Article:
Sisca Julius wins the K and L prize ($1000 New Zealand) for her story, Honey Bee. Her story along with all longlisted entries would be published in the K and L Anthology, Histories of Yesterday.
Julius is a 23 year-old Bachelor of Arts student, studying at Sol Plaatje University in Kimberley, South Africa. Her majors are Afrikaans, Creative Writing, Anthropology and Heritage Studies. She writes in Afrikaans and English.
“I love writing in the dialect of the “coloured” people of South Africa, who mix Afrikaans, English and Khoi languages,” the writer says.
Julius describes her short fiction, Honey Bee, as a narrative about the way her people of South Africa were stripped of their language. Language is vital to her. “I think in Afrikaans. I love Afrikaans. Inasmuch as I love Afrikaans, I long to cloak my mouth in clicks like my grandmother and her mother. I am afraid that the Nama language will become extinct in South Africa and if you lose your language, you lose your culture,” she says.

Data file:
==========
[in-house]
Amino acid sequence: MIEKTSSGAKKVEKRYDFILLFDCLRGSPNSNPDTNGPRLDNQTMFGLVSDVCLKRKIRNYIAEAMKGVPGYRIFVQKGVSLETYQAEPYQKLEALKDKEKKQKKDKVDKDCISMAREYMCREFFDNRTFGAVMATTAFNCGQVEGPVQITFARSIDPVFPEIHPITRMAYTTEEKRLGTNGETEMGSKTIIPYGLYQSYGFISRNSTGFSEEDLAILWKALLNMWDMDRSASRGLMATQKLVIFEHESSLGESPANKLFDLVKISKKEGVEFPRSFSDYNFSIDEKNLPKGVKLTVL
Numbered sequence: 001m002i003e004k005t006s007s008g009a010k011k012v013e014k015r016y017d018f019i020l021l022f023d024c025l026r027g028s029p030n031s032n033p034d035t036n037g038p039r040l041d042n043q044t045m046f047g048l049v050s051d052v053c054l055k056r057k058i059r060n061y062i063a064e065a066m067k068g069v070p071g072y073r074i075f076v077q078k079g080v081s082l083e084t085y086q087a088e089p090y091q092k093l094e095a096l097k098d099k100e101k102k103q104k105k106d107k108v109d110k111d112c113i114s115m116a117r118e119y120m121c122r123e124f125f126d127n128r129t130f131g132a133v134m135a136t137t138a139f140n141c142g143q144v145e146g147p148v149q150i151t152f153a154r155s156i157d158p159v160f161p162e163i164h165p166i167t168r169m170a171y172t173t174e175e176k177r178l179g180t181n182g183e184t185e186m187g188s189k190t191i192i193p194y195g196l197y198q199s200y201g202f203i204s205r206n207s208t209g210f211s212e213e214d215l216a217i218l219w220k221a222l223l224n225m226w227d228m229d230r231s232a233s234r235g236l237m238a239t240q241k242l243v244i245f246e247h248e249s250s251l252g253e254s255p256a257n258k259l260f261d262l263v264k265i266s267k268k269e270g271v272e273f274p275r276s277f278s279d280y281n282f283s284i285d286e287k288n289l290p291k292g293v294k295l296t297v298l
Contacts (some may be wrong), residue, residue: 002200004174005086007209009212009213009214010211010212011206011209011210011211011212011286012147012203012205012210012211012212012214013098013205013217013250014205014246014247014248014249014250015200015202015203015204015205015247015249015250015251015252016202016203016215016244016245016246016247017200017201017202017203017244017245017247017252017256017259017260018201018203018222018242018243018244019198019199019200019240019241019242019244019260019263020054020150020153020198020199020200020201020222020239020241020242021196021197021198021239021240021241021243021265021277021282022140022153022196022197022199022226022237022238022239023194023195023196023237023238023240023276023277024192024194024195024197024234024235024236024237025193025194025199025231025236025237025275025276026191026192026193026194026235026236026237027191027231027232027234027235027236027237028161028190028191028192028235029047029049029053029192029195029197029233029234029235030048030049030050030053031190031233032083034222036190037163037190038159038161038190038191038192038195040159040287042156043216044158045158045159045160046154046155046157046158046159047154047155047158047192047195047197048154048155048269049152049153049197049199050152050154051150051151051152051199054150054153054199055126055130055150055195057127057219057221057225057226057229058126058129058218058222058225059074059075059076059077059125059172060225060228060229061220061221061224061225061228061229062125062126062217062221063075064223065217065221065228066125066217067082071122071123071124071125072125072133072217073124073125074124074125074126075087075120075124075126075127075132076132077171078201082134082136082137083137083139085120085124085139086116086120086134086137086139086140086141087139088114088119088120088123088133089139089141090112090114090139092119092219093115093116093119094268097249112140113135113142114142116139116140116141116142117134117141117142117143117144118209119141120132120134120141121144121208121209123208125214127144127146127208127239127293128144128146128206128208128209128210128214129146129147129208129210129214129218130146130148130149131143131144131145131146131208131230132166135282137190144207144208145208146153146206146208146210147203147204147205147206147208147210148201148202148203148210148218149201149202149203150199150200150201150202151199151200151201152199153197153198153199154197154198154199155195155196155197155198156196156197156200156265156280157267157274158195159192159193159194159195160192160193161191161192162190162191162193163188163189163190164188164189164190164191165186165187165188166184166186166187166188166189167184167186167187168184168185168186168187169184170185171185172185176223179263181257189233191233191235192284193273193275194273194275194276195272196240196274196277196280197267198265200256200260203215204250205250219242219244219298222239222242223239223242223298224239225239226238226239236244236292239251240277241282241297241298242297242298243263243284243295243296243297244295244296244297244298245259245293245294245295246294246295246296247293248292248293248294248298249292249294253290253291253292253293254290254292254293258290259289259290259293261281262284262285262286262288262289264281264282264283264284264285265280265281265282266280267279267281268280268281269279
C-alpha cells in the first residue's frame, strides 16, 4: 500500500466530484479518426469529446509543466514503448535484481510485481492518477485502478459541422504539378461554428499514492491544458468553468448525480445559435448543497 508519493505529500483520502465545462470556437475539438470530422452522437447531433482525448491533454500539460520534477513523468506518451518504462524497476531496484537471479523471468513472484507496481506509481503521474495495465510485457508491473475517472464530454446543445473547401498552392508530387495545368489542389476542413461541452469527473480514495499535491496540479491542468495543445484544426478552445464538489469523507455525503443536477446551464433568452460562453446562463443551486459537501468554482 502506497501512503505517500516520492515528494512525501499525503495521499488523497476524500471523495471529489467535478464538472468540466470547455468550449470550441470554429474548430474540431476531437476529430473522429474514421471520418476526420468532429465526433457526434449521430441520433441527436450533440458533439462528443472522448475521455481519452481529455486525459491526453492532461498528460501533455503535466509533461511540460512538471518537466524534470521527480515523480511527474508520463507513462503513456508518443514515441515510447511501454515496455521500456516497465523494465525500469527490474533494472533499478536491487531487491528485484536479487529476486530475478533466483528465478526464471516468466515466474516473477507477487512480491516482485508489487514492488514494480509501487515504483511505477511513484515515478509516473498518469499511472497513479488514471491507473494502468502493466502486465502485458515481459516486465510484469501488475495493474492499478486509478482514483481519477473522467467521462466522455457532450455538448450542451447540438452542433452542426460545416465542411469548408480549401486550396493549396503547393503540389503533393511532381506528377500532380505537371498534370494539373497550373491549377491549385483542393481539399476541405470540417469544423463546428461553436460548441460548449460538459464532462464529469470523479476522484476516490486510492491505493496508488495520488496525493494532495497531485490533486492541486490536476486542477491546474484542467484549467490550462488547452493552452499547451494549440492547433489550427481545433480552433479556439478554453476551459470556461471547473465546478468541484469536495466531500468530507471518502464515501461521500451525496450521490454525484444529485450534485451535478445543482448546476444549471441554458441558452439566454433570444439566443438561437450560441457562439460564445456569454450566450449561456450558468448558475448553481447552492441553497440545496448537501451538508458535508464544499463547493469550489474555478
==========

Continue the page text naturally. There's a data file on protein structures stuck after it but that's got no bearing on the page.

The judges for the inaugural prize, Zana Bell and Uchechukwu Umezurike, indicate that the entries, submitted from all around the African continent, touch vital areas of Africa’s rich history. ‘The stories that made it to the finals are quite impressive, making it quite hard to award the prize,’ Umezurike says. Four entries made it to the final stage along with Julius’s Honey Bee, and they are: Melody Anthony (also known as M) for her story, The Many-Faced God; Mazpa Ejikem for his story, The Secrets of Water Bodies; and Okechi Okeke for his story, When Sullen Faces Gnaw at You. ‘These stories, the four of them, are so different – each poignantly told with its own strengths,’ Bell comments.
The K & L Prize for African Literature, founded in 2018, is sponsored by a New Zealand based Nigerian writer, Myles Ojabo. The prize is awarded yearly for the best piece of unpublished short fiction by an African resident, age 18 to 25. More information about the prize and judges can be found at http://creativewritingnews.com/2018/11/07/zana-bell-and-uchechukwu-peter-umezurike-to-judge-the-2019-k-l-prize-for-african-literature/